“It’s a game that was really the predecessor for video games… It’s just that when we were kids, the technology wasn’t available,” says Manganiello, 42, who has been a fan of the game since he was about 10. “So you’ve got to play the game in your mind.”
His passion for the game, long synonymous with teenage geekdom, has only intensified over the years. “How obsessed am I? I have a dungeon in my house,” he says, explaining that the room had been a wine cellar when he and Vergara moved in, and that his wife had wanted to turn it into a pilates or dance studio. But, he recalls telling her, “I need this room.” Now there are dragon heads mounted on the walls.
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Manganiello explains that the game was his “creative outlet” when he was a kid. “I love telling stories. I always have. And that’s really what the game is — it’s…really complex math mixed with character development, and then this craps-table gambling element.”
He admits, “When I was a kid it wasn’t cool. You didn’t want to say you were into tabletop role-playing games. Probably in the ’80s there was more of a division between the jocks and the nerds. I was both.”
He got his chance to respond to at least one person at high school who looked down on D&D while attending his 5-year high school reunion. There, he recalls, he bumped into a friend who had played D&D with him back in the day. “His wife came over and said, ‘Oh, you talking about that stupid game again?’ I said, ‘Oh, that stupid game? I do that for a living…” Manganiello recalls. “I play a guy who turns into a wolf on a show about fairies and vampires, and it’s the No. 1 show on cable.'”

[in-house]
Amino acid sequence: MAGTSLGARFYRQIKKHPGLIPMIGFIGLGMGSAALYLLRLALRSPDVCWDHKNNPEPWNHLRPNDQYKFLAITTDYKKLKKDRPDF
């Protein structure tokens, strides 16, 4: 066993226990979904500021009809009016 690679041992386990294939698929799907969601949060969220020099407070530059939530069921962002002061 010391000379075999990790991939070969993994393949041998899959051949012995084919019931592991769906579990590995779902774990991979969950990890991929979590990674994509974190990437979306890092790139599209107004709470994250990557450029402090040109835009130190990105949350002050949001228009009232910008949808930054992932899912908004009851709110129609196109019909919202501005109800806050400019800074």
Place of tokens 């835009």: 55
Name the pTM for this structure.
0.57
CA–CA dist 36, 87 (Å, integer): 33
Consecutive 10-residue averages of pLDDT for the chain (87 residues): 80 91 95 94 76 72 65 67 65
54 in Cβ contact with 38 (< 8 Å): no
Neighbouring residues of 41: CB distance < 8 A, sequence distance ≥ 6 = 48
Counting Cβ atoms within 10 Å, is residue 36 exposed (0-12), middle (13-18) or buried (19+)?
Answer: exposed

The actor has had a lot of fun “speaking out publicly and just saying ‘I like this thing, I have fun doing it,'” he says. “I can’t tell you how many people come up to me and say ‘thanks for changing the game,'” and people’s perceptions of it.
As far as Vergara’s opinion of the game, he says, “My wife is supportive of whatever I do. She knows that I love it, and I have fun doing it.” If he starts talking about Dungeons & Dragons to her, though, it’s a different story. “She’ll interrupt me and say, ‘Do you want me to go into the closet and get my tray of earrings and explain them to you for the next half an hour?’ Alright fine.”
The best reward for his decades-long dedication to the game, he says, is that he’s now turned it into a side hustle, making D&D merch with his streetwear company Death Saves, and writing for D&D as a consultant. As he explains it, “I basically tracked down a part-time job that was the job I wanted when I was a kid.”
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